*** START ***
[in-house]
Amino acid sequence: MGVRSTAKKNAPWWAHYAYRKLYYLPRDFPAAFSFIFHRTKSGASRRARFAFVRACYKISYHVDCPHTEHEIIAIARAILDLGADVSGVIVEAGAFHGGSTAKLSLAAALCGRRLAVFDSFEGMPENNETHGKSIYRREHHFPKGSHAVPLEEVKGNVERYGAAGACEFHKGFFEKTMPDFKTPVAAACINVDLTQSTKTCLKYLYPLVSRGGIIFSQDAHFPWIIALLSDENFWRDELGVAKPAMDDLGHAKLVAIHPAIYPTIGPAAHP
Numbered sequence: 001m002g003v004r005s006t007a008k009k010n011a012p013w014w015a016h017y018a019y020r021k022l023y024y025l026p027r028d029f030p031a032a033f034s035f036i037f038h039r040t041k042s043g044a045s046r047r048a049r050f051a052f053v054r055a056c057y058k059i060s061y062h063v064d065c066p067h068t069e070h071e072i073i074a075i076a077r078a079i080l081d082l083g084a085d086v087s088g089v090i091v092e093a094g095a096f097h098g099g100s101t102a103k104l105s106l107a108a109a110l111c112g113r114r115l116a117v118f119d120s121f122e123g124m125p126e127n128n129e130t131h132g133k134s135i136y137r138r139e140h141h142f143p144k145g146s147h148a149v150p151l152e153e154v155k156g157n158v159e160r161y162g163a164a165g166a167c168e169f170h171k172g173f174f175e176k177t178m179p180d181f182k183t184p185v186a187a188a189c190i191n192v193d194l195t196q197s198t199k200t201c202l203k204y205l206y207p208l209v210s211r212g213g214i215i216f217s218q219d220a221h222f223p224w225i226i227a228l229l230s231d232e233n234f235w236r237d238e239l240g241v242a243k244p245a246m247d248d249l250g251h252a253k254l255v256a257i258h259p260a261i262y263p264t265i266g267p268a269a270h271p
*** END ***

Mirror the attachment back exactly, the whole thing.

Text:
[in-house]
Amino acid sequence: MGVRSTAKKNAPWWAHYAYRKLYYLPRDFPAAFSFIFHRTKSGASRRARFAFVRACYKISYHVDCPHTEHEIIAIARAILDLGADVSGVIVEAGAFHGGSTAKLSLAAALCGRRLAVFDSFEGMPENNETHGKSIYRREHHFPKGSHAVPLEEVKGNVERYGAAGACEFHKGFFEKTMPDFKTPVAAACINVDLTQSTKTCLKYLYPLVSRGGIIFSQDAHFPWIIALLSDENFWRDELGVAKPAMDDLGHAKLVAIHPAIYPTIGPAAHP
Numbered sequence: 001m002g003v004r005s006t007a008k009k010n011a012p013w014w015a016h017y018a019y020r021k022l023y024y025l026p027r028d029f030p031a032a033f034s035f036i037f038h039r040t041k042s043g044a045s046r047r048a049r050f051a052f053v054r055a056c057y058k059i060s061y062h063v064d065c066p067h068t069e070h071e072i073i074a075i076a077r078a079i080l081d082l083g084a085d086v087s088g089v090i091v092e093a094g095a096f097h098g099g100s101t102a103k104l105s106l107a108a109a110l111c112g113r114r115l116a117v118f119d120s121f122e123g124m125p126e127n128n129e130t131h132g133k134s135i136y137r138r139e140h141h142f143p144k145g146s147h148a149v150p151l152e153e154v155k156g157n158v159e160r161y162g163a164a165g166a167c168e169f170h171k172g173f174f175e176k177t178m179p180d181f182k183t184p185v186a187a188a189c190i191n192v193d194l195t196q197s198t199k200t201c202l203k204y205l206y207p208l209v210s211r212g213g214i215i216f217s218q219d220a221h222f223p224w225i226i227a228l229l230s231d232e233n234f235w236r237d238e239l240g241v242a243k244p245a246m247d248d249l250g251h252a253k254l255v256a257i258h259p260a261i262y263p264t265i266g267p268a269a270h271p